When I started at Hirsch Philanthropy Partners, I had a few impressions. First, I was sensing a desire for big change in Bay Area philanthropy that I couldn’t quite put my finger on. I was engaging in conversations about race, power and decision making, which were the kinds of conversations I was having previously in the nonprofit space. I also discovered that several Bay Area grantmakers were already doing grantmaking differently, bringing diverse communities closer to the center of their work and challenging power dynamics. It felt like a ripe time for change.
Thanks, Marcus and Dwayne, for your inspiring words and your leadership. As good discussions go, you’ve both got me thinking. And thanks to Marcus for tagging me and inviting me to jump into the conversation. Marcus’s “meet the moment” question for me is a good one: How does philanthropy need to work differently in these complex and turbulent times?
Recently, Dwayne Marsh, CEO of Northern California Grantmakers, and I were reflecting on how many foundations in our memberships are looking to change direction and move toward racial equity. In an ice-bucket-style challenge, Dwayne posted his thoughts and then tagged me with the question, “How best does philanthropy choose courage in the face of the unprecedented complexity the moment offers?"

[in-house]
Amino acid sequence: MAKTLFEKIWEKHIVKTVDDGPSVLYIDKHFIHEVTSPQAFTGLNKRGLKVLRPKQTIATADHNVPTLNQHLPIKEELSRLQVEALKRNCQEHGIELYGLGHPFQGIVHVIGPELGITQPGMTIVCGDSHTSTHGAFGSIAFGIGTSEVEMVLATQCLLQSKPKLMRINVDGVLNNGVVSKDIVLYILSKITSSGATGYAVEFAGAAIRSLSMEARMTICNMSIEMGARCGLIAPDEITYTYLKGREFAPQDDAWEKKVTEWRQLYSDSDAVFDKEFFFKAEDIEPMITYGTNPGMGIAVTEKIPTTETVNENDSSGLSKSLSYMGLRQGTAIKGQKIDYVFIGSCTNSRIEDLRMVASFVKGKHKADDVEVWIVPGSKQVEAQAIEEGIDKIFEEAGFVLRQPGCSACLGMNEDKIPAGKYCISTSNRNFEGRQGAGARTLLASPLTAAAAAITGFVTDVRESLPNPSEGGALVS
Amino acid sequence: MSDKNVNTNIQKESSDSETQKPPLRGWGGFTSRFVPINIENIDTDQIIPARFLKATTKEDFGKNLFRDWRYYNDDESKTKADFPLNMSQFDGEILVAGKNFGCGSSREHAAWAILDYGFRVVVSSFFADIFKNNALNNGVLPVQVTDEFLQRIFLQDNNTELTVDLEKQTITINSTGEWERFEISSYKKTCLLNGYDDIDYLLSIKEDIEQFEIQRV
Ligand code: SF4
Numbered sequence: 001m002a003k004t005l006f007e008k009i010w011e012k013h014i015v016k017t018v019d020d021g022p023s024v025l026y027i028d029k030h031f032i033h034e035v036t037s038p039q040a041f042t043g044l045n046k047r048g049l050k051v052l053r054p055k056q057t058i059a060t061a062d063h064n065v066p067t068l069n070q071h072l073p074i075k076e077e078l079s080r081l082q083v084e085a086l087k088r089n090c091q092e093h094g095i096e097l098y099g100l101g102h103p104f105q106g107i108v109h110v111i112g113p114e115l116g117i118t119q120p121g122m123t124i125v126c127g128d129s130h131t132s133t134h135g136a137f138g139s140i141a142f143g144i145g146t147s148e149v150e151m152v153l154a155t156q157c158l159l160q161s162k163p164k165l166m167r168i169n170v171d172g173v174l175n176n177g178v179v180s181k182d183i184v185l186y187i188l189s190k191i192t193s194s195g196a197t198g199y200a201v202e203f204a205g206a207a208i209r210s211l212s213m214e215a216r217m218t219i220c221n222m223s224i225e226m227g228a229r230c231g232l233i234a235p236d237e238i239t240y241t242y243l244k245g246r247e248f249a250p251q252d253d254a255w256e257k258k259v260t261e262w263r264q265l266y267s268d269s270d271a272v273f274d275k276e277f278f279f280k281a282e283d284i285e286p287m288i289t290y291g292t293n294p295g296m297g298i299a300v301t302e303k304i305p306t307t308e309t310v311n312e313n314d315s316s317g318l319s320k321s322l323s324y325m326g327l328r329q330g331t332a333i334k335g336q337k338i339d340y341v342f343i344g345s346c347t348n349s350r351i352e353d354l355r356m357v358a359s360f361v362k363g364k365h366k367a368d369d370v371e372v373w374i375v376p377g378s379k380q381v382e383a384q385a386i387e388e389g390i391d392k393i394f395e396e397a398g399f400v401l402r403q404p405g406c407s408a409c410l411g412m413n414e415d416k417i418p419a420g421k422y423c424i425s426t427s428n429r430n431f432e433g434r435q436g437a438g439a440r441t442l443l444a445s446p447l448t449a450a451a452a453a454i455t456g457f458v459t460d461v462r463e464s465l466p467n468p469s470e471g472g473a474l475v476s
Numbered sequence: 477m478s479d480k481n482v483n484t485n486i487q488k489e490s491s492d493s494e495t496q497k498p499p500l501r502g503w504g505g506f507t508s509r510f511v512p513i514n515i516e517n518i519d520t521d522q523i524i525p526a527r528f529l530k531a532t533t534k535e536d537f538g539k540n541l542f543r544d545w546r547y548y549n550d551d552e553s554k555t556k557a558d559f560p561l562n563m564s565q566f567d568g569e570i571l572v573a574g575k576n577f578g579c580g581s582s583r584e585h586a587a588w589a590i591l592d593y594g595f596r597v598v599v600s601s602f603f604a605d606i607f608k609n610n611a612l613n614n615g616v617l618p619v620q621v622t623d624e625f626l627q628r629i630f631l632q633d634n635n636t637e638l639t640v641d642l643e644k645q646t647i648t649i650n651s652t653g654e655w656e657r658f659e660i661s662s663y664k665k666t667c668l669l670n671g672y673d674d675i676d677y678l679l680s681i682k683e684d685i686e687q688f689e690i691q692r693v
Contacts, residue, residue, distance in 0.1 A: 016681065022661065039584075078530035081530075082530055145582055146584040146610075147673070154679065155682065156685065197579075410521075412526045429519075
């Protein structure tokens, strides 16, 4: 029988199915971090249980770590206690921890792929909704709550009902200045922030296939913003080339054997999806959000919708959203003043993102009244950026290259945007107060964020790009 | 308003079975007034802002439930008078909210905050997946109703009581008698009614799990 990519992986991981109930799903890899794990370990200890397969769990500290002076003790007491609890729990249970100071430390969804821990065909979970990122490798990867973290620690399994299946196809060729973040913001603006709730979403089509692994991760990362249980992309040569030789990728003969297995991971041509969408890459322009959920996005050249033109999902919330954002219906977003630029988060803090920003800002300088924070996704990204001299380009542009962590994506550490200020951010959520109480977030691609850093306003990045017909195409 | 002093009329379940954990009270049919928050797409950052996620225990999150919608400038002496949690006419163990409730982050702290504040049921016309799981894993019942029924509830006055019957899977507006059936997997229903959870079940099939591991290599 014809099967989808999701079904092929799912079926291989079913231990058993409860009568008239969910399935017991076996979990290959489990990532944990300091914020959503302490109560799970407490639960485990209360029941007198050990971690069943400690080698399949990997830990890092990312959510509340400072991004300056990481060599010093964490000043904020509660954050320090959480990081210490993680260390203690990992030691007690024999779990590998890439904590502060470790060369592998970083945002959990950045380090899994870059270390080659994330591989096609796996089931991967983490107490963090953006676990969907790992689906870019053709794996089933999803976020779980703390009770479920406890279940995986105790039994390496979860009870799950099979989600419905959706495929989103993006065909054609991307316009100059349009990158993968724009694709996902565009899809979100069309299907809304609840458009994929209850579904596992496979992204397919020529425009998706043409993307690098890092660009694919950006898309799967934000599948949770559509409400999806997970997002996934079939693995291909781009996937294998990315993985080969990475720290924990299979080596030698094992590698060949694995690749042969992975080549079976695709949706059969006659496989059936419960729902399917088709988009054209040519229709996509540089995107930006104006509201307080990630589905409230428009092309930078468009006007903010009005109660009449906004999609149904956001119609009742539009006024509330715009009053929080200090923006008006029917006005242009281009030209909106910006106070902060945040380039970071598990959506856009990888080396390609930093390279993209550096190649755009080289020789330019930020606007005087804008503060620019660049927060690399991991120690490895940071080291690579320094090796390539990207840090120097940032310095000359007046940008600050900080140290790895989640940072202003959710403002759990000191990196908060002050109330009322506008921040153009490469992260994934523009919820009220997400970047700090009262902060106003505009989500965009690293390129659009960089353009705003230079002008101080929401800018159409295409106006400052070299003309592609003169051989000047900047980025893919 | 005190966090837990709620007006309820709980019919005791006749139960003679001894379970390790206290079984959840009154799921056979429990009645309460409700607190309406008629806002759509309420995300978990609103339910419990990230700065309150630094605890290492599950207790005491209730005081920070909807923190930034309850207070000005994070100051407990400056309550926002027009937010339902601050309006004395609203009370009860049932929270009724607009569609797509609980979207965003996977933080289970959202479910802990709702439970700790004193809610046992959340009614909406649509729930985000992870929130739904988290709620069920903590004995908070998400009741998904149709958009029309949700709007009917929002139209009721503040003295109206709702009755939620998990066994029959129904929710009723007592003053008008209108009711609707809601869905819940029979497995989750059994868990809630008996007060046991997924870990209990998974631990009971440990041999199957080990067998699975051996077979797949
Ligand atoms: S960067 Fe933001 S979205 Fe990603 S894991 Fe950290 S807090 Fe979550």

The Libra Foundation is a family foundation dedicated to funding grassroots justice movements led by and for marginalized communities of color. The Libra Foundation’s guiding principle is that those who are closest to the issues understand those issues best. Impacted communities are not only the most equipped to build solutions, they are the most effective at implementing those solutions. We fund frontline organizations led by and for Black, Indigenous, People of Color (BIPOC) transforming the criminal justice system and advancing environmental and climate justice and gender justice.
2020 has truly tested our resolve. The impact of the COVID-19 pandemic on people in prison cannot be understated. As rates of infection rose inside prisons throughout the state, we witnessed our movement partners quickly and efficiently organize in response to this crisis. We witnessed the same tenacity and steadfastness this summer, as organizers led uprisings worldwide to protest racist state violence after the killing of George Floyd, Breonna Taylor, Tony McDade, and countless others—violence that is all too familiar for incarcerated people and their families.
To the NCG Community, March 31st will be my final day at NCG. It has been a remarkable 10 years filled with endless stories, laughter, joy, some tears, and enormous growth. Later this spring, I will be joining NPAG, a national talent search firm focused on leadership in the nonprofit and philanthropic sectors. It has been a true gift to be a part of this community and to have the opportunity to work with all of you. As I reflect back on my time, I’ve considered some key life and career lessons I’ve learned along the way.
Philanthropy California, Environmental Grantmakers Association, and Smart Growth California organized the Grounded Action: Grassroots Movements and Climate Justice dialogue series in partnership with the CLIMA Fund in April 2021. This two-part series aimed to unpack different forms of grassroots climate action and hear from funders and movement leaders on how to support climate movements. The authors had the opportunity to share their experiences in the second dialogue of the series and get into the nitty-gritty of funding grassroots movements.